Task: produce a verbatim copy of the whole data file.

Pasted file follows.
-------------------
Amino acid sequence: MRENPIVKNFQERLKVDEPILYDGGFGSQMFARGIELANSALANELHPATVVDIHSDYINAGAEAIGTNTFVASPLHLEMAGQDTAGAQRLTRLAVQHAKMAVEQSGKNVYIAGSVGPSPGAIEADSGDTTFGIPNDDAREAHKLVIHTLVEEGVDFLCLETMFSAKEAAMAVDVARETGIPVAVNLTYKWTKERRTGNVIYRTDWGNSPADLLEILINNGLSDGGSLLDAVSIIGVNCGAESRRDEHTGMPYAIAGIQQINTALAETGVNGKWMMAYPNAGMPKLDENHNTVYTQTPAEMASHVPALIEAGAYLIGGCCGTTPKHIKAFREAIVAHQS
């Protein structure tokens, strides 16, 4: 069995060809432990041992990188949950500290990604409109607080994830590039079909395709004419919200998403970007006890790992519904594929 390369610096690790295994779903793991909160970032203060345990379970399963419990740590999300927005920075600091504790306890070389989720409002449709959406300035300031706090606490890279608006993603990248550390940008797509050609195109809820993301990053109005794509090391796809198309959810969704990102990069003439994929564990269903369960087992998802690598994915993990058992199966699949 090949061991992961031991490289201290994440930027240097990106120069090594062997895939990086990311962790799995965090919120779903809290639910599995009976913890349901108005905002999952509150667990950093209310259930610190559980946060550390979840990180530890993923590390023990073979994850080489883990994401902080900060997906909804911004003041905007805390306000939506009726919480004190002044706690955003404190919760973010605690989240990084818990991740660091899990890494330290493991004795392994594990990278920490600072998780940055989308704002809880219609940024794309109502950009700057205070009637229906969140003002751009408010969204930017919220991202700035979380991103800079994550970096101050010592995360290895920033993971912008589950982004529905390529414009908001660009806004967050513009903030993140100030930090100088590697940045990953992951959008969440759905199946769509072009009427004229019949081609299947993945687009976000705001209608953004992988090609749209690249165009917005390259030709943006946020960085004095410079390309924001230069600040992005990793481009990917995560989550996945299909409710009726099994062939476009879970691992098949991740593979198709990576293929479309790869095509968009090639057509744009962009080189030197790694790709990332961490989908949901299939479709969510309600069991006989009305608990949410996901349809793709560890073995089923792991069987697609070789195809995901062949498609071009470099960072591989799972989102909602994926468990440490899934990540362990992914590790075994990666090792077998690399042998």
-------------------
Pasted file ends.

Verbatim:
Amino acid sequence: MRENPIVKNFQERLKVDEPILYDGGFGSQMFARGIELANSALANELHPATVVDIHSDYINAGAEAIGTNTFVASPLHLEMAGQDTAGAQRLTRLAVQHAKMAVEQSGKNVYIAGSVGPSPGAIEADSGDTTFGIPNDDAREAHKLVIHTLVEEGVDFLCLETMFSAKEAAMAVDVARETGIPVAVNLTYKWTKERRTGNVIYRTDWGNSPADLLEILINNGLSDGGSLLDAVSIIGVNCGAESRRDEHTGMPYAIAGIQQINTALAETGVNGKWMMAYPNAGMPKLDENHNTVYTQTPAEMASHVPALIEAGAYLIGGCCGTTPKHIKAFREAIVAHQS
């Protein structure tokens, strides 16, 4: 069995060809432990041992990188949950500290990604409109607080994830590039079909395709004419919200998403970007006890790992519904594929 390369610096690790295994779903793991909160970032203060345990379970399963419990740590999300927005920075600091504790306890070389989720409002449709959406300035300031706090606490890279608006993603990248550390940008797509050609195109809820993301990053109005794509090391796809198309959810969704990102990069003439994929564990269903369960087992998802690598994915993990058992199966699949 090949061991992961031991490289201290994440930027240097990106120069090594062997895939990086990311962790799995965090919120779903809290639910599995009976913890349901108005905002999952509150667990950093209310259930610190559980946060550390979840990180530890993923590390023990073979994850080489883990994401902080900060997906909804911004003041905007805390306000939506009726919480004190002044706690955003404190919760973010605690989240990084818990991740660091899990890494330290493991004795392994594990990278920490600072998780940055989308704002809880219609940024794309109502950009700057205070009637229906969140003002751009408010969204930017919220991202700035979380991103800079994550970096101050010592995360290895920033993971912008589950982004529905390529414009908001660009806004967050513009903030993140100030930090100088590697940045990953992951959008969440759905199946769509072009009427004229019949081609299947993945687009976000705001209608953004992988090609749209690249165009917005390259030709943006946020960085004095410079390309924001230069600040992005990793481009990917995560989550996945299909409710009726099994062939476009879970691992098949991740593979198709990576293929479309790869095509968009090639057509744009962009080189030197790694790709990332961490989908949901299939479709969510309600069991006989009305608990949410996901349809793709560890073995089923792991069987697609070789195809995901062949498609071009470099960072591989799972989102909602994926468990440490899934990540362990992914590790075994990666090792077998690399042998």